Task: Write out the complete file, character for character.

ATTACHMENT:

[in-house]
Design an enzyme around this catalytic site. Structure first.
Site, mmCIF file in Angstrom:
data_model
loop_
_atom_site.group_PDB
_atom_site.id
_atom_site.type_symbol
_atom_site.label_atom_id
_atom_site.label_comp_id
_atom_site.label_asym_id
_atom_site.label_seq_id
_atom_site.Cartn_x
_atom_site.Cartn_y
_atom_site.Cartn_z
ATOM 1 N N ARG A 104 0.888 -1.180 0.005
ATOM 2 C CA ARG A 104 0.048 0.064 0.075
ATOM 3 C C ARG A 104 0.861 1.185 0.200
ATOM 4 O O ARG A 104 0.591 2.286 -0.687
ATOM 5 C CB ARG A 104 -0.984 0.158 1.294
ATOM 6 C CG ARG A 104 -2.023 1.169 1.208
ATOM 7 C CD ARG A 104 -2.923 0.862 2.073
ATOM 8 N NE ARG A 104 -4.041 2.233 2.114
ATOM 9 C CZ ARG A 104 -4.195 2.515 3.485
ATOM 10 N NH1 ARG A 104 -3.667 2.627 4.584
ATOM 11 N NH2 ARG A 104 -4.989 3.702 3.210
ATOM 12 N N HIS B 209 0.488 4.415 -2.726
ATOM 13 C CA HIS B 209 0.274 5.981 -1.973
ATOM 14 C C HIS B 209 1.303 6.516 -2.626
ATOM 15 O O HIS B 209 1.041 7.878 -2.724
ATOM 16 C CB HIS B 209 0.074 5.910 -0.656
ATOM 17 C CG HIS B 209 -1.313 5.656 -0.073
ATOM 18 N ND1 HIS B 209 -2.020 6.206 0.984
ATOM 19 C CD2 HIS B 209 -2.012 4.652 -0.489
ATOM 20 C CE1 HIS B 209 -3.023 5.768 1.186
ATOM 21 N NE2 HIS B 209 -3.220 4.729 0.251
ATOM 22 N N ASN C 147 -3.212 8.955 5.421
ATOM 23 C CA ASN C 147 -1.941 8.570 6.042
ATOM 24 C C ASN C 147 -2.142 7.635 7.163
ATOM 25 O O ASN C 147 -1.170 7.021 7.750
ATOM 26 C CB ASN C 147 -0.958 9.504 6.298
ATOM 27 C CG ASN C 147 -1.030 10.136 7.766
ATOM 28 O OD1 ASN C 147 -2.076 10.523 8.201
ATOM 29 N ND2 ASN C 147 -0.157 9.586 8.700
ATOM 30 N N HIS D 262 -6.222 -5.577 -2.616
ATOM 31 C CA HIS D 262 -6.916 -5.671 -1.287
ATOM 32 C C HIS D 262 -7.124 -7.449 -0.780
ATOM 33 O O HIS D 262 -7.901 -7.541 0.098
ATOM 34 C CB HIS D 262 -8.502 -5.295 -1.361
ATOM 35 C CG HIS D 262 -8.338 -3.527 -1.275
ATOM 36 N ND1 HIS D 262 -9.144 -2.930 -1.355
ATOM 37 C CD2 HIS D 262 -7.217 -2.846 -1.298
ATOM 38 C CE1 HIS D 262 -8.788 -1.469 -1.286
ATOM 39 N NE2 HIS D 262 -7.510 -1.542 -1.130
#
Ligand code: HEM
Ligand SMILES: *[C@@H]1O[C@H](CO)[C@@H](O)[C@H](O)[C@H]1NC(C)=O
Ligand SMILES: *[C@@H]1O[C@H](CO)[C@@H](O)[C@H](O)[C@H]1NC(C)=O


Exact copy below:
[in-house]
Design an enzyme around this catalytic site. Structure first.
Site, mmCIF file in Angstrom:
data_model
loop_
_atom_site.group_PDB
_atom_site.id
_atom_site.type_symbol
_atom_site.label_atom_id
_atom_site.label_comp_id
_atom_site.label_asym_id
_atom_site.label_seq_id
_atom_site.Cartn_x
_atom_site.Cartn_y
_atom_site.Cartn_z
ATOM 1 N N ARG A 104 0.888 -1.180 0.005
ATOM 2 C CA ARG A 104 0.048 0.064 0.075
ATOM 3 C C ARG A 104 0.861 1.185 0.200
ATOM 4 O O ARG A 104 0.591 2.286 -0.687
ATOM 5 C CB ARG A 104 -0.984 0.158 1.294
ATOM 6 C CG ARG A 104 -2.023 1.169 1.208
ATOM 7 C CD ARG A 104 -2.923 0.862 2.073
ATOM 8 N NE ARG A 104 -4.041 2.233 2.114
ATOM 9 C CZ ARG A 104 -4.195 2.515 3.485
ATOM 10 N NH1 ARG A 104 -3.667 2.627 4.584
ATOM 11 N NH2 ARG A 104 -4.989 3.702 3.210
ATOM 12 N N HIS B 209 0.488 4.415 -2.726
ATOM 13 C CA HIS B 209 0.274 5.981 -1.973
ATOM 14 C C HIS B 209 1.303 6.516 -2.626
ATOM 15 O O HIS B 209 1.041 7.878 -2.724
ATOM 16 C CB HIS B 209 0.074 5.910 -0.656
ATOM 17 C CG HIS B 209 -1.313 5.656 -0.073
ATOM 18 N ND1 HIS B 209 -2.020 6.206 0.984
ATOM 19 C CD2 HIS B 209 -2.012 4.652 -0.489
ATOM 20 C CE1 HIS B 209 -3.023 5.768 1.186
ATOM 21 N NE2 HIS B 209 -3.220 4.729 0.251
ATOM 22 N N ASN C 147 -3.212 8.955 5.421
ATOM 23 C CA ASN C 147 -1.941 8.570 6.042
ATOM 24 C C ASN C 147 -2.142 7.635 7.163
ATOM 25 O O ASN C 147 -1.170 7.021 7.750
ATOM 26 C CB ASN C 147 -0.958 9.504 6.298
ATOM 27 C CG ASN C 147 -1.030 10.136 7.766
ATOM 28 O OD1 ASN C 147 -2.076 10.523 8.201
ATOM 29 N ND2 ASN C 147 -0.157 9.586 8.700
ATOM 30 N N HIS D 262 -6.222 -5.577 -2.616
ATOM 31 C CA HIS D 262 -6.916 -5.671 -1.287
ATOM 32 C C HIS D 262 -7.124 -7.449 -0.780
ATOM 33 O O HIS D 262 -7.901 -7.541 0.098
ATOM 34 C CB HIS D 262 -8.502 -5.295 -1.361
ATOM 35 C CG HIS D 262 -8.338 -3.527 -1.275
ATOM 36 N ND1 HIS D 262 -9.144 -2.930 -1.355
ATOM 37 C CD2 HIS D 262 -7.217 -2.846 -1.298
ATOM 38 C CE1 HIS D 262 -8.788 -1.469 -1.286
ATOM 39 N NE2 HIS D 262 -7.510 -1.542 -1.130
#
Ligand code: HEM
Ligand SMILES: *[C@@H]1O[C@H](CO)[C@@H](O)[C@H](O)[C@H]1NC(C)=O
Ligand SMILES: *[C@@H]1O[C@H](CO)[C@@H](O)[C@H](O)[C@H]1NC(C)=O